Update on Grant Reporting, Patent Law, and Sequestration

Greetings, Colleagues!

On March 18, 2013, the NSF transitioned all project reporting from Fastlane to Research.gov. PIs and Co-PIs who are conducting NSF-funded research will now use Research.gov for annual, interim, and final reporting. For more information, visit Research.gov.

In intellectual property news, the US patent law changed from "first to invent" to "first to file" on March 16, 2013. My understanding is the change was was made so that the US was more in line with international law. If you are working on any sort of innovation that has commercial potential, please contact Tim Atkinson (tatkinson@uca.edu)  or Jennifer Deering (jdeering@uca.edu) at 450-3451 before applying for a grant or disseminating your work in any way (even discussing it on a social network may mean you've put your innovation in the public domain and will no longer be able to patent or license it). Disclosure agreements will now be more important than ever as will keeping good notebooks. One convenient change is that you will no longer be required to notarize your notebooks in order to apply for a patent.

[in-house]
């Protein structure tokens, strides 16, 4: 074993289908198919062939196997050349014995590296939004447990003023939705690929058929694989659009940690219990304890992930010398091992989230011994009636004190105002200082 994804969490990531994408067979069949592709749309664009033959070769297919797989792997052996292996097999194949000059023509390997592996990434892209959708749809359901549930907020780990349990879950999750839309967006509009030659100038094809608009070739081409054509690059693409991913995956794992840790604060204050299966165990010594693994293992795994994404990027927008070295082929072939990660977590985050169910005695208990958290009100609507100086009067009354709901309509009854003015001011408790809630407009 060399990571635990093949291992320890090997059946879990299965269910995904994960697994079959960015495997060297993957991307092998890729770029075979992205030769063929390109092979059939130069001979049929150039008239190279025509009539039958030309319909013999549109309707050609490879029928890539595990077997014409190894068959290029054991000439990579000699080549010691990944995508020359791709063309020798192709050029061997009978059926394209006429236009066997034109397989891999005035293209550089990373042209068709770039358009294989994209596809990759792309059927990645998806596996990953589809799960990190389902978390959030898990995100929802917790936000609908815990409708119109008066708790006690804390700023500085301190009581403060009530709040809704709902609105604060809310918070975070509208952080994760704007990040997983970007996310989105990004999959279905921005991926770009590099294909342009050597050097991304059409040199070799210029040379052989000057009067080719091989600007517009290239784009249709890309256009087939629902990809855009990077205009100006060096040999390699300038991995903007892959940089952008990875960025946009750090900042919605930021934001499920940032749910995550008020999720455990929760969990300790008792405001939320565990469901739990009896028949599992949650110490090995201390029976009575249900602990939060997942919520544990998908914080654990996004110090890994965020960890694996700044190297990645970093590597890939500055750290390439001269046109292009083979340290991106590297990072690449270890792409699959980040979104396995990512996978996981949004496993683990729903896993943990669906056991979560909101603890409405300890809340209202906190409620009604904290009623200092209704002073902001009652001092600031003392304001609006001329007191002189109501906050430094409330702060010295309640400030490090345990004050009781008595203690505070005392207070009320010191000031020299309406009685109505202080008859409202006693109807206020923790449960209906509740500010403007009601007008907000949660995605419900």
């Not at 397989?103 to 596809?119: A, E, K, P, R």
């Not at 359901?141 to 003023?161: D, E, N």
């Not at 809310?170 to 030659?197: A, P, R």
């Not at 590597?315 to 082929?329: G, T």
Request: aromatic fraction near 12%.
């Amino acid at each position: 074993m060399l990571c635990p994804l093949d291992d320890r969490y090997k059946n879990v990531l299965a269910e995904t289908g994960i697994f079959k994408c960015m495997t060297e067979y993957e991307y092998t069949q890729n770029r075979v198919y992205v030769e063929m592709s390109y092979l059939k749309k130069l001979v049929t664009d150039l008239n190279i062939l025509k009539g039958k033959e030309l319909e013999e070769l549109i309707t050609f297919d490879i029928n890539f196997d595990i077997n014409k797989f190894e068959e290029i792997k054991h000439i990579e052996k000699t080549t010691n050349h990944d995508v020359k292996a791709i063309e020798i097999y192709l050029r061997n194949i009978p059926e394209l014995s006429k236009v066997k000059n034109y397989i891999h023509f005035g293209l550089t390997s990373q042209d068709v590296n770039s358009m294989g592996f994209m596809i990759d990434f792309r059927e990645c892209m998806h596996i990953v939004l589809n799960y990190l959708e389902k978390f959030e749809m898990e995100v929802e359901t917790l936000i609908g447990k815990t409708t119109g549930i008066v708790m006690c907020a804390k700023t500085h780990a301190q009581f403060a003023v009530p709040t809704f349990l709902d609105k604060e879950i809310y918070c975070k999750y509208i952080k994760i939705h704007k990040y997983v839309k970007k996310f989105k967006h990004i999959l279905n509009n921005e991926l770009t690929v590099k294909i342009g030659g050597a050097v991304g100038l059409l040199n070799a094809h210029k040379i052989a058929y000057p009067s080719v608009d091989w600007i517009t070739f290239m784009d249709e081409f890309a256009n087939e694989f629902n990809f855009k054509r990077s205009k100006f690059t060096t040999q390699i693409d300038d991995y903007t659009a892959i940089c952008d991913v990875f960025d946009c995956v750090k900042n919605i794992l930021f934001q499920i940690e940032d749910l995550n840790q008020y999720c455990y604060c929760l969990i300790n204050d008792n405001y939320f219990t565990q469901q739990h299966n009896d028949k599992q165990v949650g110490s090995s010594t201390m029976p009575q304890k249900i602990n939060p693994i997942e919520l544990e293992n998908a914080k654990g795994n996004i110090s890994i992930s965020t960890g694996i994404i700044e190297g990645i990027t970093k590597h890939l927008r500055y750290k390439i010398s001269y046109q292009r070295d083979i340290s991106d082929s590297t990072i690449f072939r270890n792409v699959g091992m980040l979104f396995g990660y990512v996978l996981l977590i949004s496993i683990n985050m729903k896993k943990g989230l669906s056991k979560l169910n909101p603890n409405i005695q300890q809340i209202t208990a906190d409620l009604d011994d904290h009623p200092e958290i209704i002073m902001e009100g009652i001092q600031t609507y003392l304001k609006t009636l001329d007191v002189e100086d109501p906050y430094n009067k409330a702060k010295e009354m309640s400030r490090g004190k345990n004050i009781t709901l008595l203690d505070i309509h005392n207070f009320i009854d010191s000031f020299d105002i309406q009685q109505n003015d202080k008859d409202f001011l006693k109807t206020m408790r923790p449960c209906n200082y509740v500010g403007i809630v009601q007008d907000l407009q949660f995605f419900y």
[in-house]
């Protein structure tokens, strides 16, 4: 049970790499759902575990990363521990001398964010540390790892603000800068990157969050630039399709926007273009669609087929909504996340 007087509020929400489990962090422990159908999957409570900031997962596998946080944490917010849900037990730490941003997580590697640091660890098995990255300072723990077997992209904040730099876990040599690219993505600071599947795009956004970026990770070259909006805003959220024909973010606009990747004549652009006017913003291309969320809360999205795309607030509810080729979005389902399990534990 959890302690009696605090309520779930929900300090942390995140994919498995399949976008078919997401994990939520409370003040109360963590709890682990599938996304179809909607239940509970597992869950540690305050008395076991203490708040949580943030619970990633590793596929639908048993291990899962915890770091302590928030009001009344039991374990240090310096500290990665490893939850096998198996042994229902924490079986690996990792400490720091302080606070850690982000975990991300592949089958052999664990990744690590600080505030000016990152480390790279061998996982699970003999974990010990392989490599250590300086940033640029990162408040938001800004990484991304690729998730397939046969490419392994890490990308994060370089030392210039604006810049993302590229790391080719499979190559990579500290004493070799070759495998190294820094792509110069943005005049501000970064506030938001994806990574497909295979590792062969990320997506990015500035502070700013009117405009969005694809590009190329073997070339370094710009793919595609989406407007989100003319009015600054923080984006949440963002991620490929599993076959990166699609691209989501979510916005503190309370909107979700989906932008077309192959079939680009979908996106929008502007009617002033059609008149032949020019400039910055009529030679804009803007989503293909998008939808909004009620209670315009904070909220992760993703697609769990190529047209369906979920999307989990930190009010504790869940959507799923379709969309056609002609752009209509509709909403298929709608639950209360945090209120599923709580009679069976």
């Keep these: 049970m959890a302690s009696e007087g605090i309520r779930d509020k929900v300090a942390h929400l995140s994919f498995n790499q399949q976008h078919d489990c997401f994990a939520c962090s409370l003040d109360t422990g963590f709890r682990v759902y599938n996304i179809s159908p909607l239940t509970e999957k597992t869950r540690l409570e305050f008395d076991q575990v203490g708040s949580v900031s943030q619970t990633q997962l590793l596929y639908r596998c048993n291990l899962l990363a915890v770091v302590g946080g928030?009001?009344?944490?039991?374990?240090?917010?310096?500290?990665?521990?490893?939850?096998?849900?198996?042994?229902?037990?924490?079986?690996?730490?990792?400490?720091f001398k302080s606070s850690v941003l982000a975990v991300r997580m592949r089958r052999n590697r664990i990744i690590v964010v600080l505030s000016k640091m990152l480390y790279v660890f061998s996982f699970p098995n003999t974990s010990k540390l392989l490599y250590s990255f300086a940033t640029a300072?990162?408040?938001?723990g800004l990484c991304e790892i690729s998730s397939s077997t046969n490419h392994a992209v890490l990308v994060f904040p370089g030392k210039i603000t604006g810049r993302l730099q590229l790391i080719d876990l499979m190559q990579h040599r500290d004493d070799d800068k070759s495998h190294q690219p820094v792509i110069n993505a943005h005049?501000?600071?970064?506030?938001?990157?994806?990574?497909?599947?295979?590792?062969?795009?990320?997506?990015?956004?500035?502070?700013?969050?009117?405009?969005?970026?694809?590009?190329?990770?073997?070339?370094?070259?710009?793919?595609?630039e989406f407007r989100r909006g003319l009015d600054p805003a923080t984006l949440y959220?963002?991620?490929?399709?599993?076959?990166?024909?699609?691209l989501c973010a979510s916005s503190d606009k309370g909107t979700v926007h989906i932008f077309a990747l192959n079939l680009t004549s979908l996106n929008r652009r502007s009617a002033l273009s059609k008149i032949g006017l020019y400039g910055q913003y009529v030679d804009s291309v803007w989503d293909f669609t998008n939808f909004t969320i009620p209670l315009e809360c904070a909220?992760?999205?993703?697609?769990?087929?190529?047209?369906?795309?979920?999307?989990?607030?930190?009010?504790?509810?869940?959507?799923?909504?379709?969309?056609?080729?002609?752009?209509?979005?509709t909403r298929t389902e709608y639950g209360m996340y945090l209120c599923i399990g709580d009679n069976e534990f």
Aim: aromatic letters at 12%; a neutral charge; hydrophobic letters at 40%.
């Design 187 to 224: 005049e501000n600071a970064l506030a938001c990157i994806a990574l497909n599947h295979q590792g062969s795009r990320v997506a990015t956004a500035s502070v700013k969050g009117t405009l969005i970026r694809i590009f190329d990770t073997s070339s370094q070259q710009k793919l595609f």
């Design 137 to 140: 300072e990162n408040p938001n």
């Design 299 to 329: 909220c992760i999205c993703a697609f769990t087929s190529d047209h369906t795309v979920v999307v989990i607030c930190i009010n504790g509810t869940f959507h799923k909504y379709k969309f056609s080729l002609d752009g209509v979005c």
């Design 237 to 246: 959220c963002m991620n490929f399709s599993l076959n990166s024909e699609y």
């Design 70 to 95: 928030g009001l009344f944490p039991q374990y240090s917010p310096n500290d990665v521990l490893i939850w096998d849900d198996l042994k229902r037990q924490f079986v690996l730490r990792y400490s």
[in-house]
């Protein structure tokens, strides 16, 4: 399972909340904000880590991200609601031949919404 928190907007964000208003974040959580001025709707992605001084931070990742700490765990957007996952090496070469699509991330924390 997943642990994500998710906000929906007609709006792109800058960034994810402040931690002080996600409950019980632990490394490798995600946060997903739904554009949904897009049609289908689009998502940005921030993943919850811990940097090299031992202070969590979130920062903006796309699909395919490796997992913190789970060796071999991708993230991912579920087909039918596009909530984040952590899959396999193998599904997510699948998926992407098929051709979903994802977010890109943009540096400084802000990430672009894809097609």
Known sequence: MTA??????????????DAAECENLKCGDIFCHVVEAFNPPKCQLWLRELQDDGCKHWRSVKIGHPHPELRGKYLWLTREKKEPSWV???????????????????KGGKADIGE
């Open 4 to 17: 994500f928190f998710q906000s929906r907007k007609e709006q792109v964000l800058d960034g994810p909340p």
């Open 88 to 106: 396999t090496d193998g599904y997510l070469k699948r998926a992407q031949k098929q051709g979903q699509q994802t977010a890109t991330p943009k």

As you may have heard, sequestration went into full effect on March 1, 2013. As time has progressed, federal funding agencies have been announcing the potential impact on current and future researchers. Deputy Secretary Poneman of the Department of Energy announced, "For procurement contracts, DOE may decide not to exercise an option or may need to negotiate lower prices or terms via a bilateral modification. DOE may also determine it necessary to stop or suspend work, reduce the scope of work, or partially or completely terminate a contract for convenience. Planned contract actions for new work may be re-scoped, delayed or canceled depending on the nature of the work and the degree to which it directly supports the agency's mission goals. For financial assistance agreements, the department may decide not to issue a continuation award, including not awarding incremental funds on multi-year awards, and may require negotiation of a reduction in the scope of awards." To find out more, view Deputy Secretary Poneman's memo.